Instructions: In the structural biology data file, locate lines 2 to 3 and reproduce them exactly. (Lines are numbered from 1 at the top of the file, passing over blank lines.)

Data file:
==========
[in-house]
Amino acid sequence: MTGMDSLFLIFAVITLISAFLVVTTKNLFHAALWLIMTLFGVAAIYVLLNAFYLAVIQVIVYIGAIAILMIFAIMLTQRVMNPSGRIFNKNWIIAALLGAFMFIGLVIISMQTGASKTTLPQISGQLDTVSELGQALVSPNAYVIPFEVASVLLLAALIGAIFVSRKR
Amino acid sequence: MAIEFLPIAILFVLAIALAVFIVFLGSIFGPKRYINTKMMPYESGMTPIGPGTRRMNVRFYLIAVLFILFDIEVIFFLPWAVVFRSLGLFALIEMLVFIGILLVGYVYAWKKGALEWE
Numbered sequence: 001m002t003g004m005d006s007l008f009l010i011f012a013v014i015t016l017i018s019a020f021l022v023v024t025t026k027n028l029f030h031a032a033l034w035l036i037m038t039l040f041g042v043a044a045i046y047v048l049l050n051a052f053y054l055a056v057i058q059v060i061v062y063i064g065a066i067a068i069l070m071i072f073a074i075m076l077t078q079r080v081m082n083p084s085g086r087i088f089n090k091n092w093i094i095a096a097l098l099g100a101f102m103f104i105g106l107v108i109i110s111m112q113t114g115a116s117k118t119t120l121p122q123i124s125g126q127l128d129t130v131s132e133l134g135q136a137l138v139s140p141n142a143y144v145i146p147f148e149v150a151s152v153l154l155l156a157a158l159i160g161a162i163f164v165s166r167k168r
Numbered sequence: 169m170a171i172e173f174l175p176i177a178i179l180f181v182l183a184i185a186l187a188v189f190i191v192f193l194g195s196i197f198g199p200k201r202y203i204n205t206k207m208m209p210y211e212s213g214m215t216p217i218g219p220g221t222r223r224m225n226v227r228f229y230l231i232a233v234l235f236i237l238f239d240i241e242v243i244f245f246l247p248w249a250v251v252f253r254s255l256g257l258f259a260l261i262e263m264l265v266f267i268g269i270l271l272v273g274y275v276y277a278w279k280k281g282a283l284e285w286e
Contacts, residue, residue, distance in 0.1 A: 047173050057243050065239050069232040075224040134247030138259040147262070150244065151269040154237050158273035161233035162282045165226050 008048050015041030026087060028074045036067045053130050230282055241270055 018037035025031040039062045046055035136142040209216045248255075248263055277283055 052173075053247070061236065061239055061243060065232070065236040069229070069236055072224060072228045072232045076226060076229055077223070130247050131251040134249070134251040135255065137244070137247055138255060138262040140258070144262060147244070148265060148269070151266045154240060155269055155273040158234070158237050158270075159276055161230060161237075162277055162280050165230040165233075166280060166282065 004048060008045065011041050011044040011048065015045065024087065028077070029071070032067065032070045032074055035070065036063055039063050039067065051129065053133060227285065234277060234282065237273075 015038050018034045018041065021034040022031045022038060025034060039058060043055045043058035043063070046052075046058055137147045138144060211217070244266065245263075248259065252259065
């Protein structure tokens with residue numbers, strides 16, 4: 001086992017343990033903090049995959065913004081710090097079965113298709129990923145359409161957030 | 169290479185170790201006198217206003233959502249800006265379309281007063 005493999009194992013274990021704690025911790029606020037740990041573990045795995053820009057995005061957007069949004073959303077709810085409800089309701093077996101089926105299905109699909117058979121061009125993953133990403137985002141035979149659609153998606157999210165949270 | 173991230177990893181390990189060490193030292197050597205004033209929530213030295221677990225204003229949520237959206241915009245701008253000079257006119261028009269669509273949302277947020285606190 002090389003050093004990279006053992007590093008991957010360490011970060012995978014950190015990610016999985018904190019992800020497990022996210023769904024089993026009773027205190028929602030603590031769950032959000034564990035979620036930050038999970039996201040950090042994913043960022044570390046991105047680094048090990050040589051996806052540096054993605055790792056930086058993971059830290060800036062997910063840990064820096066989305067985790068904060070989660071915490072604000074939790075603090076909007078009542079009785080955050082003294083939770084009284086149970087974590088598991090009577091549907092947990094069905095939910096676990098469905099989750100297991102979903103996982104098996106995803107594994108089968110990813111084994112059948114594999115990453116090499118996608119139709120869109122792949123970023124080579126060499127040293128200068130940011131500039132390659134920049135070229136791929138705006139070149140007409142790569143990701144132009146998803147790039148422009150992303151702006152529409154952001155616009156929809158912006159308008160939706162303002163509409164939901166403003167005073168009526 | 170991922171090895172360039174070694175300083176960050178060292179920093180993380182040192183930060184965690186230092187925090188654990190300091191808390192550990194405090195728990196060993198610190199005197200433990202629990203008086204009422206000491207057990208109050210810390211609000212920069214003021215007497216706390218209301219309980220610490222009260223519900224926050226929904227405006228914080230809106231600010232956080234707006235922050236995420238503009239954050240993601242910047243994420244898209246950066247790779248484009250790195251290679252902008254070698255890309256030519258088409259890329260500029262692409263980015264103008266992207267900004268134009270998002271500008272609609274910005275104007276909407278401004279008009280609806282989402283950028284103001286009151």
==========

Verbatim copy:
Amino acid sequence: MTGMDSLFLIFAVITLISAFLVVTTKNLFHAALWLIMTLFGVAAIYVLLNAFYLAVIQVIVYIGAIAILMIFAIMLTQRVMNPSGRIFNKNWIIAALLGAFMFIGLVIISMQTGASKTTLPQISGQLDTVSELGQALVSPNAYVIPFEVASVLLLAALIGAIFVSRKR
Amino acid sequence: MAIEFLPIAILFVLAIALAVFIVFLGSIFGPKRYINTKMMPYESGMTPIGPGTRRMNVRFYLIAVLFILFDIEVIFFLPWAVVFRSLGLFALIEMLVFIGILLVGYVYAWKKGALEWE